In 1941, in the height of World War II, a Norwegian woman named Astrid was hit in the brain with shrapnel during a raid. Two years later she met with the neurologist Georg Herman Monrad-Krohn, who noticed right away that despite her fluent Norwegian, she had “such a decided foreign accent that I took her for German or French,” he wrote.
He wasn’t the only one to make that mistake. The Germans had been occupying Norway since 1940, and though Astrid had never been out of the country, her accent made her seem like the opposition to her neighbors.
“She complained bitterly of constantly being taken for a German in the shops, where consequently the assistants would sell her nothing,” Monrad-Krohn wrote.
Astrid was not the first-ever recorded case of foreign-accent syndrome (that would be a Parisian man who developed an Alsatian accent after a stroke, a case first presented in 1907), but her case study was particularly detailed. Monrad-Krohn called her condition “dysprosody,” prosody being the elements of language other than the actual words being spoken (intonation, rhythm, stress, etc.). Astrid still had prosody—that is, her speech was not monotonous—but it was different than that of a typical Norwegian speaker.
The term “foreign-accent syndrome” was coined in 1982 by the neurolinguist Harry Whitaker, and it is, admittedly, a lot clearer than “dysprosody.” It’s a rare condition, but an interesting one, and there have been more than 100 case studies published. The most recent appeared in Case Reports in Psychiatry this year.
“The patient was a 34-year-old African American U.S.-born single female,” the report begins. She was brought to the psychiatry emergency room after assaulting her mother’s landlady, who she believed had cursed her using voodoo. Her family had a history of schizophrenia, and she was diagnosed with the condition herself upon this visit. She also spoke with a British accent. “She substituted ‘th’ for ‘f’ and ‘w’ for ‘wh’ as well as ‘t’ for ‘d’ and ‘ai’ for ‘ei,’” the researchers write. Unlike Astrid, though, she spoke in a bit of a monotone.
She refused medication, continued to have homicidal ideations toward her mother’s landlady, and eventually was transferred to long-term inpatient care. The researchers plan to follow up with the inpatient facility to see if it ever reverts back to American.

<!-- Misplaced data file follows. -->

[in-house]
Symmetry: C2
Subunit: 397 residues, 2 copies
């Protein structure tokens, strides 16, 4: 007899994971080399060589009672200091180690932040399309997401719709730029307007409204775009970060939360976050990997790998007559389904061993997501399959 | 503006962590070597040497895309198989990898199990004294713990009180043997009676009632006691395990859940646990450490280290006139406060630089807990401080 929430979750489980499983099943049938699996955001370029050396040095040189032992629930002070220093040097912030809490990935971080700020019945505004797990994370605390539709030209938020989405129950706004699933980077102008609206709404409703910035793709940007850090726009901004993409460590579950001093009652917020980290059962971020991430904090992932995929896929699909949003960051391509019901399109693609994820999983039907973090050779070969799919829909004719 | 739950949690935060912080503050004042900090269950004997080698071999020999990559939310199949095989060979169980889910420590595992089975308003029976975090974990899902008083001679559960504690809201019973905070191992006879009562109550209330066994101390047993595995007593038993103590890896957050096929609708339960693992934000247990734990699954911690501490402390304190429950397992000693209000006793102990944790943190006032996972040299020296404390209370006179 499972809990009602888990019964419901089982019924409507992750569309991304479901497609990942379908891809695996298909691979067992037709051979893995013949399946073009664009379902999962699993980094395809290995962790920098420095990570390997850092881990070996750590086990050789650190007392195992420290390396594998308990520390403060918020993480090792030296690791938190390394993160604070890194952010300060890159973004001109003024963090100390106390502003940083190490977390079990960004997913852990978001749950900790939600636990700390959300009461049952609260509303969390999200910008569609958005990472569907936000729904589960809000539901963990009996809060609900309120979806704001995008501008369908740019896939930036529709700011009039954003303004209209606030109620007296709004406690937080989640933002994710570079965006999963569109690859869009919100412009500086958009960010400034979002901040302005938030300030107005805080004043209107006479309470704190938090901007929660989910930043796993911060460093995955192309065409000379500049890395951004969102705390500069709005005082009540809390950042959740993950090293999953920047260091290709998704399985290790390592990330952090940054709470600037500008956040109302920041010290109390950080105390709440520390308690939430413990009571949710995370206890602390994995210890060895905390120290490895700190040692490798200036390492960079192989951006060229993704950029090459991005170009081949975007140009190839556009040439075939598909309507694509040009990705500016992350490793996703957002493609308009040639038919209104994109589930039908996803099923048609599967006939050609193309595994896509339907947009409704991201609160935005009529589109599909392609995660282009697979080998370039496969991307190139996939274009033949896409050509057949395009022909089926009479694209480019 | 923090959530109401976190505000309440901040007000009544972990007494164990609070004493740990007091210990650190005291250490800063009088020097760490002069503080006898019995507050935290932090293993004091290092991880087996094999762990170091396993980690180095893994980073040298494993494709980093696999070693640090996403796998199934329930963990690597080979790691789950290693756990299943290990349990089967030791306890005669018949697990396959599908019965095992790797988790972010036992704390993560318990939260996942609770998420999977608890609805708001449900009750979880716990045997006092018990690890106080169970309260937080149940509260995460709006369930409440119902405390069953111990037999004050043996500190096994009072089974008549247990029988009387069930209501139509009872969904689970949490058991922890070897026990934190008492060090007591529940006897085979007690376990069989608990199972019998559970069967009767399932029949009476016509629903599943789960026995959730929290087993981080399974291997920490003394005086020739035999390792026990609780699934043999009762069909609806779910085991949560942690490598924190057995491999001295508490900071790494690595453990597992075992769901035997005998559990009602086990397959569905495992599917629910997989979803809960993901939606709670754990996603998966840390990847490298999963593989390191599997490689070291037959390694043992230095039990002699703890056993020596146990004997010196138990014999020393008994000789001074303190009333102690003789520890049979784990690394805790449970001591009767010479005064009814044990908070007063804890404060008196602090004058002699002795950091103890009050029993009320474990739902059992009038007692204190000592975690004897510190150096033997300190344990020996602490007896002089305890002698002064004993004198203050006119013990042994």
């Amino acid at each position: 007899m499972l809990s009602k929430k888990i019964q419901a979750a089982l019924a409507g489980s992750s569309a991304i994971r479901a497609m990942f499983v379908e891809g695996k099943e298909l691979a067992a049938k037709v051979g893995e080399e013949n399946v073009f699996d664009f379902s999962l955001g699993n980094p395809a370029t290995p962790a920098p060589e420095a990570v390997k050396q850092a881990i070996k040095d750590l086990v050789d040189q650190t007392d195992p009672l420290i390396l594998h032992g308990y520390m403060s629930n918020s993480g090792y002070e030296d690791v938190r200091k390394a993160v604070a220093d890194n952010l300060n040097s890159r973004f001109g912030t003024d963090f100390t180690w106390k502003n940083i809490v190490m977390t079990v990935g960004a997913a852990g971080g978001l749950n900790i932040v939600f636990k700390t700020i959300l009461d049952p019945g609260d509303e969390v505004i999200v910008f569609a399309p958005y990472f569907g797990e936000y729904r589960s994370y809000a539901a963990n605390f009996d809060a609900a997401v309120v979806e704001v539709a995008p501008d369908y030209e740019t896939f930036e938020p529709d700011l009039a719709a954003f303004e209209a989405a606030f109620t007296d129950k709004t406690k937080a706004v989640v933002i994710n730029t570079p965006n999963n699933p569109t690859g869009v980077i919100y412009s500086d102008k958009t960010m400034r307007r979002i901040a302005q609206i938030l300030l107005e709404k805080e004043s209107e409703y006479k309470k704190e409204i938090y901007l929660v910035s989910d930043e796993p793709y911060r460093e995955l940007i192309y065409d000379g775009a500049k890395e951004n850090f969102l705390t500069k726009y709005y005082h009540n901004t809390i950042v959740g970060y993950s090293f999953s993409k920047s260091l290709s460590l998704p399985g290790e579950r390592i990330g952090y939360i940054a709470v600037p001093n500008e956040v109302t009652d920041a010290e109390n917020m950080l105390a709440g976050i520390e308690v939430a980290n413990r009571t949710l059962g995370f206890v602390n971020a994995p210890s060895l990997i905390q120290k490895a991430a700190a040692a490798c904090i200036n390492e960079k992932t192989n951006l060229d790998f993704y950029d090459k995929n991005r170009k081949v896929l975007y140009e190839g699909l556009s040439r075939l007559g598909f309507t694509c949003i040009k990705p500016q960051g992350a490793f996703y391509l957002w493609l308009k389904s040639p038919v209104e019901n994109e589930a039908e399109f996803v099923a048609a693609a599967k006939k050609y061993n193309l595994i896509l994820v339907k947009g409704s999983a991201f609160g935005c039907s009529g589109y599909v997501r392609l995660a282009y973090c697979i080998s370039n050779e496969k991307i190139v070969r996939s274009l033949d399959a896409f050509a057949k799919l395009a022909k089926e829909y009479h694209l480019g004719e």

Astrid and this new patient represent the two different types of foreign-accent syndrome that have been reported—neurogenic and psychogenic. Neurogenic foreign-accent syndrome is more common, and comes after someone’s brain has been damaged, either through a stroke or from traumatic brain injury. Exactly how this leads to changed speech is unclear, but the damage is often located in the middle cerebral artery and brain regions associated with speech, especially in the left hemisphere.
In psychogenic foreign-accent syndrome, there isn’t any identifiable brain damage, but the person has some kind of psychiatric disorder, such as schizophrenia, or bipolar disorder, or conversion disorder, as well as the accent. “In the cases of psychosis, the new accent persists throughout the entire episode and may disappear after the psychotic episode subsides,” the researchers write. The patient in their study had a history of losing the accent after a psychotic episode had passed, though they didn’t observe that during her stay in the hospital. They also note that only recently has it been discovered that foreign accent syndrome can be psychogenic.
There’s also a mixed type of foreign-accent syndrome, which may have some neurogenic and some psychogenic characteristics.
There’s a ton of variability in how the syndrome presents—people can have changes in various aspects of prosody. Different listeners may hear different accents when the same person speaks (recall that Monrad-Krohn thought at first that Astrid was speaking with a “German or French” accent), or they may detect hints of the person’s original accent flickering under the new one. Patients may also have trouble putting sentences together, or may stress the wrong words or syllables.
Foreign-accent syndrome is similar to aphasia, a communication disorder that can cause a variety of speech problems, often after a stroke or brain injury. But that doesn’t explain psychogenic foreign-accent syndrome. And, if patients’ speech is just impaired, why would that register as a different accent?
In 2013, Lyndsey Nickels, a professor of cognitive science at Macquarie University, explained the phenomenon in The Conversation, using a highly-covered case in which an Australian woman named Leanne Rowe woke up sounding French after a car accident. “Vowels are very susceptible,” she wrote, to being distorted by slight differences in tongue, lip, or jaw placement. “Different languages have different vowels, and within a language one of the main differences between accents is in the vowels.” It may be that the speech changes brought on by brain injury, or by psychiatric problems, are just familiar enough to remind us of accents.
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